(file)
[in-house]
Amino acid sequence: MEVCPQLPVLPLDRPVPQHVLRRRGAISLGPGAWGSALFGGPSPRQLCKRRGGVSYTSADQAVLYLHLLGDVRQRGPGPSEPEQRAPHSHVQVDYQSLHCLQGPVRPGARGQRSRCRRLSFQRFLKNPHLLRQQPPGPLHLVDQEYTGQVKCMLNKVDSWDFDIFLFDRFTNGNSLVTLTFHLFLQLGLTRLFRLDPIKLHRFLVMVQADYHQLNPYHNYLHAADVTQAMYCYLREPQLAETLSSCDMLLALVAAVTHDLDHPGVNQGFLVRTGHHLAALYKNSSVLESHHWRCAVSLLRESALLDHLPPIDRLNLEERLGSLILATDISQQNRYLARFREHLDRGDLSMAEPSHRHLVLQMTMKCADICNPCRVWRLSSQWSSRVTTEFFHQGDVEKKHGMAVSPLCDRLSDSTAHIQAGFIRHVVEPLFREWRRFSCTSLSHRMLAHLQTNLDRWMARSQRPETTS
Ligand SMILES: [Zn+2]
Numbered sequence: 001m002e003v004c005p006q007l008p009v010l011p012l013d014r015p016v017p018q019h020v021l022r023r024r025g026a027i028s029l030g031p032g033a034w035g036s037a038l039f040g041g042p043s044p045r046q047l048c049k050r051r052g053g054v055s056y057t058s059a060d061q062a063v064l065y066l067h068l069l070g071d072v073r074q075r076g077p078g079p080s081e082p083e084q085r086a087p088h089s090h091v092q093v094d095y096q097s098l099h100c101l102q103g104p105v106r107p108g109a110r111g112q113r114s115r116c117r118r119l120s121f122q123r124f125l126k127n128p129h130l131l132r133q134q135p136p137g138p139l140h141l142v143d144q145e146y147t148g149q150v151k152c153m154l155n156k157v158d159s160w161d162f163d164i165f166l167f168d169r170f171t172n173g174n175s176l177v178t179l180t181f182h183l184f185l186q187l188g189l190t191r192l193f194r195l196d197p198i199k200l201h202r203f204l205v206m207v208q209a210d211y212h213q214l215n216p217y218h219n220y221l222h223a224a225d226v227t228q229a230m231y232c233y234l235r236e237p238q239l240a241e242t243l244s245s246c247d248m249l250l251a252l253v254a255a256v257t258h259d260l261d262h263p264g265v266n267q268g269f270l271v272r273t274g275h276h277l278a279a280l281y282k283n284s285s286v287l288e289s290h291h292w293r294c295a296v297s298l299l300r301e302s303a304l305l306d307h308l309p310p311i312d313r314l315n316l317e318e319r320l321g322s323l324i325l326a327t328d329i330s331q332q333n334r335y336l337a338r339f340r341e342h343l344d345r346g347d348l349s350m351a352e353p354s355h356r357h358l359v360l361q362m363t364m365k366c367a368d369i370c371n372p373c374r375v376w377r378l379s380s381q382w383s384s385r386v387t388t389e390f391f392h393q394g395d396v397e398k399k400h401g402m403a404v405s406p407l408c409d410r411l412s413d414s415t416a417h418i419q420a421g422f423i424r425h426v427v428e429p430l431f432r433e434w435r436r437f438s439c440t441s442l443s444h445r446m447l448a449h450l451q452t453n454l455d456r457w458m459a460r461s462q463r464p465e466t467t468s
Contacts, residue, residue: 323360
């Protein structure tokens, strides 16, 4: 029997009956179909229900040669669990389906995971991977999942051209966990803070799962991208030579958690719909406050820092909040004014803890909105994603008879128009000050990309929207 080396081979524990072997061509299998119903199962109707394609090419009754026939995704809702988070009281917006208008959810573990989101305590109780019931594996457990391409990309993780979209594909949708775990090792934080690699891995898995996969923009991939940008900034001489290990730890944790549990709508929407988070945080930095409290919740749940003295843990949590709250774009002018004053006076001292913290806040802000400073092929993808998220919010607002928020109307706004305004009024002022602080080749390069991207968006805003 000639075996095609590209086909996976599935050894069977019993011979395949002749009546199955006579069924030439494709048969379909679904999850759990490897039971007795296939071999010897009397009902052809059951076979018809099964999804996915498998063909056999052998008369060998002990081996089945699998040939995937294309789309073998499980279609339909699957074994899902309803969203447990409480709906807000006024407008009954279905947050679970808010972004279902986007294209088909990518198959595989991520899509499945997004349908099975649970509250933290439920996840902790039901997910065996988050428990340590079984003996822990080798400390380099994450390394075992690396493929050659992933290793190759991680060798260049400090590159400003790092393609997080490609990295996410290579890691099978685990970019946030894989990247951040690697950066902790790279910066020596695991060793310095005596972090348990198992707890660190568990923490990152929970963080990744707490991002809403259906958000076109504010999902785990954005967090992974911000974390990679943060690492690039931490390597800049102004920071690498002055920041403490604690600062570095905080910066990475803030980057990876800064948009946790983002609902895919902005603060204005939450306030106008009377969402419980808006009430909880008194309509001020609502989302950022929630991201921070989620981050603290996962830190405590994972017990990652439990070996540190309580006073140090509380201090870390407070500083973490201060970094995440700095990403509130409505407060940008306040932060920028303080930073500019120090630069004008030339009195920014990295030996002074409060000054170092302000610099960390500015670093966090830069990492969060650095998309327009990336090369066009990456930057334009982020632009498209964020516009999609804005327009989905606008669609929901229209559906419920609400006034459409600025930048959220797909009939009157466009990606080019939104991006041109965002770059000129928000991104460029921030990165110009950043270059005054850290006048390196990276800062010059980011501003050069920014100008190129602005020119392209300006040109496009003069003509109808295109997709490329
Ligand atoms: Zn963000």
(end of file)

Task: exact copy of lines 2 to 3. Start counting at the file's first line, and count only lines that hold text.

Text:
Amino acid sequence: MEVCPQLPVLPLDRPVPQHVLRRRGAISLGPGAWGSALFGGPSPRQLCKRRGGVSYTSADQAVLYLHLLGDVRQRGPGPSEPEQRAPHSHVQVDYQSLHCLQGPVRPGARGQRSRCRRLSFQRFLKNPHLLRQQPPGPLHLVDQEYTGQVKCMLNKVDSWDFDIFLFDRFTNGNSLVTLTFHLFLQLGLTRLFRLDPIKLHRFLVMVQADYHQLNPYHNYLHAADVTQAMYCYLREPQLAETLSSCDMLLALVAAVTHDLDHPGVNQGFLVRTGHHLAALYKNSSVLESHHWRCAVSLLRESALLDHLPPIDRLNLEERLGSLILATDISQQNRYLARFREHLDRGDLSMAEPSHRHLVLQMTMKCADICNPCRVWRLSSQWSSRVTTEFFHQGDVEKKHGMAVSPLCDRLSDSTAHIQAGFIRHVVEPLFREWRRFSCTSLSHRMLAHLQTNLDRWMARSQRPETTS
Ligand SMILES: [Zn+2]